Thursday, October 12, 2017

Thomas Kluyver, Community Service Award 3rd Quarter 2017 Recipient

People love Python for its ease of use, breadth of modules, and vibrant community. These qualities are made possible by people like Thomas Kluyver who, during the course of his career using Python for scientific research, has identified and implemented various modules, upgrades, and enhancements to Python. He is also an active member of the Python community, attending conferences, participating in his local Python User Group, and contributing his expertise to Python Subreddits.

For these reasons, the Python Software Foundation has awarded Thomas with the Q3 2017 Community Service Award.

RESOLVED, that the Python Software Foundation Q3 2017 Community Service Award be given to Thomas Kluyver for his contributions to the Scientific Python Community. Thomas has also served on many other open source projects and is active on the Python subreddit helping many people in the Python community.

Contributions to Scientific Python

Thomas earned his Ph.D. in plant biology at the University of Sheffield in England. As a scientist, Thomas’ interest in programming stemmed from childhood where he learned QBasic with support from his father. During his Ph.D. program, Thomas became a regular contributor to Jupyter/IPython, working single-handedly to port it from Python 2 to Python 3. This caught the attention of Fernando PĂ©rez, creator of IPython and co-founder of Project Jupyter, who just happened to be looking for a post-doc. “Given his amazing contributions even while he was still a student,” says Fernando, “I was looking for an opportunity to engage him more with the project.” Thomas accepted the offer to work with Fernando at UC Berkeley developing IPython and open source tools for science. Looking back Thomas recalls, “it was a great opportunity for me.” Thomas stayed at Berkeley for 2 years before returning to England for a position at the University of Southampton. There he continues to work on Jupyter and IPython and is also involved in the NGCM Summer Academy, teaching scientists a variety of computational skills in Python.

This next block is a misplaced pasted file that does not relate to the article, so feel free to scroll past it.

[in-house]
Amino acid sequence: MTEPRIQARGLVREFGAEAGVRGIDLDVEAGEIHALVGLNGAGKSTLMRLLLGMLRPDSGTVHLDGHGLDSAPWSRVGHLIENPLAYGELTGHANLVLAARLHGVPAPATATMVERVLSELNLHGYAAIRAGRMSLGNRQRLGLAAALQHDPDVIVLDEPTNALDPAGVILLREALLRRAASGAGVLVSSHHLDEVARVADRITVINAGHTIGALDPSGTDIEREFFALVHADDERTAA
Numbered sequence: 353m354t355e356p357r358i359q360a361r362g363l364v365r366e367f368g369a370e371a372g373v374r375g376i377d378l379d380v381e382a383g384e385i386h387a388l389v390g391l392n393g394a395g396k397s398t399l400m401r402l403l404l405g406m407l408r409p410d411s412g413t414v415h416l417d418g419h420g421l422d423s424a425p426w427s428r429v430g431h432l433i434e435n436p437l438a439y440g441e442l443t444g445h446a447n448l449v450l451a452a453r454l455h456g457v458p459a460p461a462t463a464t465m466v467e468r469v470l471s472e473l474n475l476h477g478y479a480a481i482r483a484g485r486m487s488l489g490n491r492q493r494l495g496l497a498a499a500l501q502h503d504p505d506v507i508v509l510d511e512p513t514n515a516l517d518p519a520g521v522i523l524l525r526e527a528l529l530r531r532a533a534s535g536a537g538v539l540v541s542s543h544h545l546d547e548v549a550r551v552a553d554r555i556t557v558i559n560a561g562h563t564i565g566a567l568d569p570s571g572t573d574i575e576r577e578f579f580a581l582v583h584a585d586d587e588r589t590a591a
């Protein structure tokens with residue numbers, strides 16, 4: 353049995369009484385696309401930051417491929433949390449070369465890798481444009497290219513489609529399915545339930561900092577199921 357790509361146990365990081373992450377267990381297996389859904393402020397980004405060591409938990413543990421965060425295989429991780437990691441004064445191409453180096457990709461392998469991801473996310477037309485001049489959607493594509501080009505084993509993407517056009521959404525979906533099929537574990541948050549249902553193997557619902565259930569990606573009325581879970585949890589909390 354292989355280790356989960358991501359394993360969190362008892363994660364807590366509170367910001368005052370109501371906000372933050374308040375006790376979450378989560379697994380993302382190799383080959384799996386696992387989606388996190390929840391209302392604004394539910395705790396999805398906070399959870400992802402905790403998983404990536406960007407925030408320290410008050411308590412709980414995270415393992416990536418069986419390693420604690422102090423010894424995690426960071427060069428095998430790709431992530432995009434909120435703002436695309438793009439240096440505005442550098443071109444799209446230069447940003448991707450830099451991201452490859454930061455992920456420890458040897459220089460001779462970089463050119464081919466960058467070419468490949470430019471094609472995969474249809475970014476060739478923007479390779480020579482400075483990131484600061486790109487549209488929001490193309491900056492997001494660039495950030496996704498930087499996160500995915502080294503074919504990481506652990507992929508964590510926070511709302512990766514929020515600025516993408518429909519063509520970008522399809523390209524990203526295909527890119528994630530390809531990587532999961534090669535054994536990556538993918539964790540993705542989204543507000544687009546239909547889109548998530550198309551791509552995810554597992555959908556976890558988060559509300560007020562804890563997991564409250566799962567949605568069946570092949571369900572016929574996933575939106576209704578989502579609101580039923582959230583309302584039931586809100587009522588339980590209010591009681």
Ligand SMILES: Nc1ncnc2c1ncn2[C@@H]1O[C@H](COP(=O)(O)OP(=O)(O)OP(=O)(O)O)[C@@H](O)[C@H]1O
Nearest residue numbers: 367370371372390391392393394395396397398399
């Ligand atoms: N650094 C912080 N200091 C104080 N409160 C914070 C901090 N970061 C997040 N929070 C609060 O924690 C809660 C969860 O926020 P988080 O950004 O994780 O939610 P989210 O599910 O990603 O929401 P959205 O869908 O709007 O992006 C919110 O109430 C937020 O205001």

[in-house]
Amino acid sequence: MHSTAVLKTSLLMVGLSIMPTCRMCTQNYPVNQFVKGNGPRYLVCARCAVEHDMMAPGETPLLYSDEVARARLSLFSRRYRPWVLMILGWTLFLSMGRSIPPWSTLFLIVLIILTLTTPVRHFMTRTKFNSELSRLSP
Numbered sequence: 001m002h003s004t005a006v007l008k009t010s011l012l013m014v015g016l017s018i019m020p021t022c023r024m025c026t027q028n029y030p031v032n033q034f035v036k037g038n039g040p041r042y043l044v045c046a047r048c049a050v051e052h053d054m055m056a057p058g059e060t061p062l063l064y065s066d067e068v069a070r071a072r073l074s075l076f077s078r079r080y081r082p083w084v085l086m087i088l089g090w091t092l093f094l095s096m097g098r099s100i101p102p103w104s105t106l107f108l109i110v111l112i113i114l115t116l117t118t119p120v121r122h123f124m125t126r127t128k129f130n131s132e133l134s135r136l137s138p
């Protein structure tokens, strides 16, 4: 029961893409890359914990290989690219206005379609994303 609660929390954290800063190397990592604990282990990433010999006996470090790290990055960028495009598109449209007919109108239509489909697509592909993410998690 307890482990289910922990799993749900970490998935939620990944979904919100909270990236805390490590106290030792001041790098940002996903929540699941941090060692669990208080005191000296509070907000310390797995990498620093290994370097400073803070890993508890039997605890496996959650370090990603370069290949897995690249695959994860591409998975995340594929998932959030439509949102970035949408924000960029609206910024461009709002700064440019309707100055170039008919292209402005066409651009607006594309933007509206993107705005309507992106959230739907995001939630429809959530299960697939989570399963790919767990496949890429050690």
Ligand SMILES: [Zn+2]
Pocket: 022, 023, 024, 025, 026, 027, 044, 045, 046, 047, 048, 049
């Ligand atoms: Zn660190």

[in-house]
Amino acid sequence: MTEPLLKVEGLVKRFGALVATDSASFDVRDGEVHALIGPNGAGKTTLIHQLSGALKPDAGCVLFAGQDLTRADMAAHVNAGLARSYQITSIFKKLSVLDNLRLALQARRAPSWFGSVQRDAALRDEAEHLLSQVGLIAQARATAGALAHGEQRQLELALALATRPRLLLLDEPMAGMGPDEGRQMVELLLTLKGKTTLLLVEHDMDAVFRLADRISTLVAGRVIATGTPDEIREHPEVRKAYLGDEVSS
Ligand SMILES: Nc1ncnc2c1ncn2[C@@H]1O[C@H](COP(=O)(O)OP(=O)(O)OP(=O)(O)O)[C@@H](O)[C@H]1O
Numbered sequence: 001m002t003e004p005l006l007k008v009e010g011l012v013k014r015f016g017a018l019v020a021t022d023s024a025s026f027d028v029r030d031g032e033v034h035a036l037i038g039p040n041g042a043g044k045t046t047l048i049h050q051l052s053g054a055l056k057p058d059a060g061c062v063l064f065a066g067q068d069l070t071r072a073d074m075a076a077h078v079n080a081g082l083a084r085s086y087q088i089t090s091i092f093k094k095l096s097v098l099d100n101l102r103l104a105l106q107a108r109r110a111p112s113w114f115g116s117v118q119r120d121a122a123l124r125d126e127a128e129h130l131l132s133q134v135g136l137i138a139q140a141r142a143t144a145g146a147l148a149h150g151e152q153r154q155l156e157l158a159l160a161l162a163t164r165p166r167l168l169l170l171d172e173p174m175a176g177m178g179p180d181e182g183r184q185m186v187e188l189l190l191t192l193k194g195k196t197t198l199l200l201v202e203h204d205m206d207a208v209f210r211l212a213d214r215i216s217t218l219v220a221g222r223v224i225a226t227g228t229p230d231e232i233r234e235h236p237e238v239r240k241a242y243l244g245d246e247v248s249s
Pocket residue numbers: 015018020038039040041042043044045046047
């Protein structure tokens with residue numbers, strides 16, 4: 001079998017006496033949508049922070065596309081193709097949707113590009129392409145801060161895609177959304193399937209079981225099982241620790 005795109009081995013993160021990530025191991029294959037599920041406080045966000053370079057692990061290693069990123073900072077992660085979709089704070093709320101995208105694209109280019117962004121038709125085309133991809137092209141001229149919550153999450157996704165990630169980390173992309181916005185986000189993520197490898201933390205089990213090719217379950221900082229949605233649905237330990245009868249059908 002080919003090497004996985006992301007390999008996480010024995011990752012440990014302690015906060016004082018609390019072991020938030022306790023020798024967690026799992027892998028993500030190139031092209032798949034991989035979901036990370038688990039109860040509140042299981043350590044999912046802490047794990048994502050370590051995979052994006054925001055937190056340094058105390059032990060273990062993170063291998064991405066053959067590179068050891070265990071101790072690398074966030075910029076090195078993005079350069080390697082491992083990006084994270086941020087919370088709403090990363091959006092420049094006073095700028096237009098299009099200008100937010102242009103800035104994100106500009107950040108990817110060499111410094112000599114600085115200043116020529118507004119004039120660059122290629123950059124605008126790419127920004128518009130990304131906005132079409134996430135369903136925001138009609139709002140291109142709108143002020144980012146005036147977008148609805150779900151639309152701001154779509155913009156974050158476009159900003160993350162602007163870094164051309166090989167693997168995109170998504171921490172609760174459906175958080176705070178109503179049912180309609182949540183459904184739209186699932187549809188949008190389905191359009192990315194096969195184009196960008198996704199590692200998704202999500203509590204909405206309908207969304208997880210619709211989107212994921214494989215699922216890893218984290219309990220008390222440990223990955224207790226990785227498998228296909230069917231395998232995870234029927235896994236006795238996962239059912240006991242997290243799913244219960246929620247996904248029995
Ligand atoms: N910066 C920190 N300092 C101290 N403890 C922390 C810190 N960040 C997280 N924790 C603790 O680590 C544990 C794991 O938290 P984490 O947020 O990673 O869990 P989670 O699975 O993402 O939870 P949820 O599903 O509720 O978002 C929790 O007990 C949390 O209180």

Contributions to Other Open Source Projects

Thomas has worked on a number of tools outside of his profession as well, such as Flit. Flit is a packaging tool which aims to make it simpler to publish your Python code on PyPI. This tool and the concepts it presents have led to discussions about standard interfaces for different packaging tools to work together better, documented in PEP 517 and 518. Nick Coghlan, a CPython core developer who has worked with Thomas in his efforts to help move the Python packaging ecosystem forward, characterizes Thomas contributions to Flit as “rather than just writing it as a standalone tool, Thomas worked hard to ensure that the underlying interoperability standards also evolved to make it easier to write tools like Flit, and that such tools integrate nicely with frontend installation tools like pip.”

Distributing applications to end users is still a weak point for Python, whereas distributing libraries and developer tools have become better equipped to handle this challenge in recent years. That is why Thomas built Pynsist, a tool to build Windows installers for Python applications. Pynsist can even build a Windows installer from a Linux system, which builds on the work of other projects like NSIS. Fernando says, “considering that Thomas is mostly a Linux user, this is a great example of how he does work that has great value to the Python community even beyond his immediate needs.”

Contributions to the Python Community

Thomas is a regular speaker at Python events around the world such as SciPy, PyData, EuroSciPy, and PyCon conferences. He is also involved in his local Southampton Python User Group. “Basically he's all over the community,” says Fernando, “helping others on the mailing lists, working on IPython/Jupyter, building multiple tools of great value to many, and teaching across a variety of spaces.” Fellow Jupyter/IPython developer and Flit collaborator Matthias Bussonnier agrees saying, “Thomas has always cared a lot about community and has spent hours teaching new contributors how to do things, even if it would take him less time to do them himself.”

Why Python?

Working on the Black Python
When asked why Python is his language of choice, Thomas explains, “It's a beginners language, but it's also a language that many experienced programmers are using to solve real problems. I also like the breadth of domains in which Python is used and the strong open source ethos in the community around Python.”

As if Thomas has yet to prove the full breadth of Python’s domains, Thomas recently participated in the World Robotic Sailing Competition. His team entered in their model sailboat, named the Black Python, which carries a Raspberry Pi to control the sails and the rudder. The Black Python took first place in the 'micro sailboat' class both this year and last. Read more about this project on their blog.

Despite these significant accomplishments, Thomas recognizes the support he has gotten over the years recalling, “I've benefited immensely from other people: from my father helping me to learn programming, to the IPython team welcoming me and bringing me into the scientific Python community, to the thousands of programmers whose open source code I've used.”

Community Service Award Winner 2017Q3 Thomas Kluyver